Metals of the Future
The automotive industry is facing new challenges with the expansion of electromobility. Mercedes-Benz Cars not only needs steel, aluminum, and copper for production. Increasingly also lithium, cobalt, and nickel. Metals of partially critical origin.
It was about the future of metals. And about the metals of the future. At the “Metals in the Future” conference in London. In March, over two days, more than 100 participants discussed how green technologies affect the supply and demand of metals in the long term. Which metals will be in greater demand in the future? Which will be in less demand? The participants all came from the world of metals. Producers, dealers, analysts. An exception: Sabine Angermann from Mercedes-Benz Cars. She is Director Procurement, Supplier Quality & Sustainability. Title of her lecture: “Importance of sustainability in supply chains.” This topic is important for Daimler AG: experts from Procurement, Compliance and Integrity work closely together to ensure a sustainable supply chain.
“The future of the automobile is electric. That is why we will electrify the entire Mercedes-Benz Portfolio by 2022. By 2025, we expect electric models to account for 15 to 25 percent of total sales”. Sabine Angermann sent out this message in advance of her lecture. This has nothing to do with metal at first. Or does it? “The expansion of electromobility is creating new challenges for the automotive industry, because many high-quality materials are used in the drive, battery and power electronics of an electric vehicle,” continues Angermann. And with that she had already come to metals.
Available in sufficient quantity, but …
Lithium, cobalt and nickel are needed primarily for the transition to electromobility. These metals are available today in sufficient quantity. In the long term, however, the supply will only be secured if these metals are dismantled and recycled in an environmentally and socially acceptable manner in reasonable quantities. Mercedes-Benz Cars does not directly buy many of the metals. The supply chains include many sub-suppliers. Suppliers are obliged by Daimler AG to vigorously communicate and control sustainability standards within the supply chain. These sustainability standards have been defined for years in the Daimler Supplier Sustainability Standards. Key components are requirements for working conditions and the observance of human rights. Child labor is explicitly prohibited. Together with colleagues from the divisions Integrity and Group Compliance these requirements are regularly reviewed and amended if necessary.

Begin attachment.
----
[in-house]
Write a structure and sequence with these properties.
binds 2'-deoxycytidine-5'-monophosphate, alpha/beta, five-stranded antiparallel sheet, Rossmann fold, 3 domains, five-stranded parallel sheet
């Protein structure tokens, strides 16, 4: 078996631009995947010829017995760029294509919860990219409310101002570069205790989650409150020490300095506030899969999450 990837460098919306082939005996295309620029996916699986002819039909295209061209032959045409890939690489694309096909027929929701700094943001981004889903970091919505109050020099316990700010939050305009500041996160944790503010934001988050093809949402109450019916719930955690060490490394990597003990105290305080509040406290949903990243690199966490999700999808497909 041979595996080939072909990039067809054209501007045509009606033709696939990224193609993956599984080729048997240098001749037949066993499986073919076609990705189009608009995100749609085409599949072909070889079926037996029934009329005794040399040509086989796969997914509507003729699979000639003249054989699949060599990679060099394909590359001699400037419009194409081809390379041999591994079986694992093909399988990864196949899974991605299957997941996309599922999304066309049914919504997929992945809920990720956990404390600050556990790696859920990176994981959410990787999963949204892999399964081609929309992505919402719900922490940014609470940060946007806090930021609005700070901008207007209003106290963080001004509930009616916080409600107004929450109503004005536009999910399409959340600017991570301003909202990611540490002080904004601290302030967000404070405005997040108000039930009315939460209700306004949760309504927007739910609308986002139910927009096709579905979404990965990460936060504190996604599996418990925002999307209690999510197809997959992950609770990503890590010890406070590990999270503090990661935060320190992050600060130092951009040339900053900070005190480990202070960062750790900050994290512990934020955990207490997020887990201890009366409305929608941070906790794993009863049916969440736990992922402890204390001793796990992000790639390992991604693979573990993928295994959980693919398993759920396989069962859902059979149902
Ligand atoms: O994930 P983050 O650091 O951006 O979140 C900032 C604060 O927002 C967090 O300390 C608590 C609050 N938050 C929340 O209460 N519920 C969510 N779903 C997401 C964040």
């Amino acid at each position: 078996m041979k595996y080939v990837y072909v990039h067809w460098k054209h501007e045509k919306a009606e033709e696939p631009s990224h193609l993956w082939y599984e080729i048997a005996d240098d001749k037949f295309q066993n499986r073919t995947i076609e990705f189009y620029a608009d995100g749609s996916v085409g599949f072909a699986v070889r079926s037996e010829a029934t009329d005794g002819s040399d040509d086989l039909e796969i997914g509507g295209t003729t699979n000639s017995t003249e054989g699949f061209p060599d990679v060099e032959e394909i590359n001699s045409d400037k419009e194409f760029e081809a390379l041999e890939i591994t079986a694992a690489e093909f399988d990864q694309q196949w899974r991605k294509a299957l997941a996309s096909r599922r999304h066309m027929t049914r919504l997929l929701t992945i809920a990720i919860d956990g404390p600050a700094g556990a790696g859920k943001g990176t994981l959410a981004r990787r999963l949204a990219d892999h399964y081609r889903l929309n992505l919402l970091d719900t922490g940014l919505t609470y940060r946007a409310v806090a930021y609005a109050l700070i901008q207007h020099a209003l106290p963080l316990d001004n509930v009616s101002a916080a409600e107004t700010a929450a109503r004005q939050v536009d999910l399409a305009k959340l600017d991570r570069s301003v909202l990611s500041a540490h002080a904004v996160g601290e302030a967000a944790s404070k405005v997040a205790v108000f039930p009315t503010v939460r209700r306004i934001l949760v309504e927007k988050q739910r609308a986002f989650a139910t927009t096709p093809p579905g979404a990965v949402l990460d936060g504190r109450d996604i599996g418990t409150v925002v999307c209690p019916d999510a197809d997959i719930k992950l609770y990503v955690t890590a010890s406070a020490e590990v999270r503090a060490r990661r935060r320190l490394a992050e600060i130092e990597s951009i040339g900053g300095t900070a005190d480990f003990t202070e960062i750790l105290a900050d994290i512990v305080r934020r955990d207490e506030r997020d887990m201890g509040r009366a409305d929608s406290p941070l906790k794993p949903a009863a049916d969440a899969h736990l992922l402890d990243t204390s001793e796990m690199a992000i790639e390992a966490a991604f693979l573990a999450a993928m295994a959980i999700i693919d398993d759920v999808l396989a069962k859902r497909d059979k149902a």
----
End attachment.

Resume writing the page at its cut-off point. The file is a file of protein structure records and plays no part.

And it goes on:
Trust is good, control is better
“Not only must the Tier1 supplier work sustainably, but the entire supply chain also has to be sustainable,” was the key message of Sabine Angermann’s lecture. To ensure this happens, Daimler is developing a risk management system for human rights in the supply chains. The goal is to identify risks early and take the appropriate actions where necessary. Mercedes-Benz Cars carries out “Supply Chain Walks” to control the supply chain. The starting point is the Tier1 supplier and then the path goes through the entire supply chain. Down to the mine. Angermann: “These on-the-spot checks are done by our 700 quality engineers and sustainability experts.” And what happens if the sustainability standards are not met? “If necessary, we separate ourselves from a supplier,” Angermann stated.
Daimler has been investing in resource-efficient technologies and manufacturing processes for batteries for years. The goal is to increase the energy density. To save more energy with the same volume. And: The material composition of lithium-ion batteries will change. The usual mixture of equal parts of cobalt, nickel, and manganese is likely to be a thing of the past. Because cobalt is largely being replaced by nickel. Starting in 2025, people will rely on post lithium-ion technologies. Without nickel and cobalt. The future of the metals needed for the automotive industry is therefore very dynamic.